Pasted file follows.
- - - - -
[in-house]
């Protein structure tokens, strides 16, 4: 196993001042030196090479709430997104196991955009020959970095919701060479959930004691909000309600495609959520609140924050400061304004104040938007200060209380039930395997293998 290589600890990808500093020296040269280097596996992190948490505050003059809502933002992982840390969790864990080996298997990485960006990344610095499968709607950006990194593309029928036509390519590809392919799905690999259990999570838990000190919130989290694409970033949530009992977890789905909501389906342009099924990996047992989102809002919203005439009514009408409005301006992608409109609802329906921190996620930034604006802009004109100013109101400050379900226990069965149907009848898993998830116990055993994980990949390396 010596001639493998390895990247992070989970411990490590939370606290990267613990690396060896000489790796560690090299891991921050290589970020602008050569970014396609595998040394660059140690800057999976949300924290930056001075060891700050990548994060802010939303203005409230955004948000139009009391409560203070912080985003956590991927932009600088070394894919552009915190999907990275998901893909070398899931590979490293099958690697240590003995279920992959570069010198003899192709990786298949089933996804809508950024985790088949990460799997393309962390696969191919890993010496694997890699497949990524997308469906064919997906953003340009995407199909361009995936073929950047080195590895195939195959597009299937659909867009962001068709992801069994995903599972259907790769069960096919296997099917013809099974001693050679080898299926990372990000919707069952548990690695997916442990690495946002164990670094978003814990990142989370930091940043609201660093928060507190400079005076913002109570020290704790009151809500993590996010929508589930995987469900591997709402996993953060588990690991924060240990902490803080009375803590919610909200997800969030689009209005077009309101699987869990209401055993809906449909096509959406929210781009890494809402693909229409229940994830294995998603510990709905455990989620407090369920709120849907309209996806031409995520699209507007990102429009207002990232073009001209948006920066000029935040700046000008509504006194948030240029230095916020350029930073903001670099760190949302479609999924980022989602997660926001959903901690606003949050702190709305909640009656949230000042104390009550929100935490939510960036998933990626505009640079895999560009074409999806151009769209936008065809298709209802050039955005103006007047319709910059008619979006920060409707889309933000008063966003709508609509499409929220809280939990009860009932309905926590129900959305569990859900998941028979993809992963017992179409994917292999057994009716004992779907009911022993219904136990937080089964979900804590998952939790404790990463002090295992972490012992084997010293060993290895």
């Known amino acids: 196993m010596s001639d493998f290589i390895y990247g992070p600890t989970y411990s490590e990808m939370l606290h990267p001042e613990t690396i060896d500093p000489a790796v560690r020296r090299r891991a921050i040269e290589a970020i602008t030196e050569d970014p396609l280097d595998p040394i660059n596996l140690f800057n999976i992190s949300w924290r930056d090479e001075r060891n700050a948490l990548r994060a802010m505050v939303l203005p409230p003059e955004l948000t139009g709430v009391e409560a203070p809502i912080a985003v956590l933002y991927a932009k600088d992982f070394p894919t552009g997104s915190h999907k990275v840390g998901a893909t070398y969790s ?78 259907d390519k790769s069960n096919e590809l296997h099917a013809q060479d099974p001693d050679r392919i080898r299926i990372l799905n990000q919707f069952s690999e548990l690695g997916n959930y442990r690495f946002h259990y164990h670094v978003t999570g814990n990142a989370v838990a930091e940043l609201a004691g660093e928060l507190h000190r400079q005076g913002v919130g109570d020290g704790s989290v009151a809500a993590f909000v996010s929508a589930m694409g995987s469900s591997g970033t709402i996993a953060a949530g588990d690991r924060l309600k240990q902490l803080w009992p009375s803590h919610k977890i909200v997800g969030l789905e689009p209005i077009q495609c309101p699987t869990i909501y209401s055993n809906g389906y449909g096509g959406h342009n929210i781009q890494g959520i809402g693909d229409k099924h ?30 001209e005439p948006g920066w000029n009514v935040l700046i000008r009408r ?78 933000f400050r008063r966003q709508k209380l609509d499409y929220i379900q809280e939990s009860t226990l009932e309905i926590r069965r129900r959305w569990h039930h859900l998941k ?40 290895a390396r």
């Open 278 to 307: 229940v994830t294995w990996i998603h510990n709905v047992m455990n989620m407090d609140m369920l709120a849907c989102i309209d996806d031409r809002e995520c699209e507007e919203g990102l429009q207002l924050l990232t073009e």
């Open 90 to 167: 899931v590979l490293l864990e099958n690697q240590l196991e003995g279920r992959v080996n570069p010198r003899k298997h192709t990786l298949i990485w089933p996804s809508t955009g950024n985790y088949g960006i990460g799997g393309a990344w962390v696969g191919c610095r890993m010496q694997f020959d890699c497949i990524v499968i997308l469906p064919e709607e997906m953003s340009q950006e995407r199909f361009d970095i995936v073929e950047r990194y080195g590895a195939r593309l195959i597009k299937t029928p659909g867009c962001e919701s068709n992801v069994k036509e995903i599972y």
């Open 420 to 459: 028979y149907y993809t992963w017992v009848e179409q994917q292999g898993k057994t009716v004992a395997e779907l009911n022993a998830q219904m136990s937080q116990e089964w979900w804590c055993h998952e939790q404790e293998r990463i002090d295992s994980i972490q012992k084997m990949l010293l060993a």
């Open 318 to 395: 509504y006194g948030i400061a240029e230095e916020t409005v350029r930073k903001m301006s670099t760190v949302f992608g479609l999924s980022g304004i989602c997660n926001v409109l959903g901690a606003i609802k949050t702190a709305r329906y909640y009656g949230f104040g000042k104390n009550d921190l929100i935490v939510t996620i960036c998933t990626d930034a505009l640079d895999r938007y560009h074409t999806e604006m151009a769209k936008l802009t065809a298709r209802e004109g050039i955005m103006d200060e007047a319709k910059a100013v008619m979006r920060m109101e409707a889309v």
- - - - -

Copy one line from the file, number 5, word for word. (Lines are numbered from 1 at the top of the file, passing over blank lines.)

């Open 90 to 167: 899931v590979l490293l864990e099958n690697q240590l196991e003995g279920r992959v080996n570069p010198r003899k298997h192709t990786l298949i990485w089933p996804s809508t955009g950024n985790y088949g960006i990460g799997g393309a990344w962390v696969g191919c610095r890993m010496q694997f020959d890699c497949i990524v499968i997308l469906p064919e709607e997906m953003s340009q950006e995407r199909f361009d970095i995936v073929e950047r990194y080195g590895a195939r593309l195959i597009k299937t029928p659909g867009c962001e919701s068709n992801v069994k036509e995903i599972y």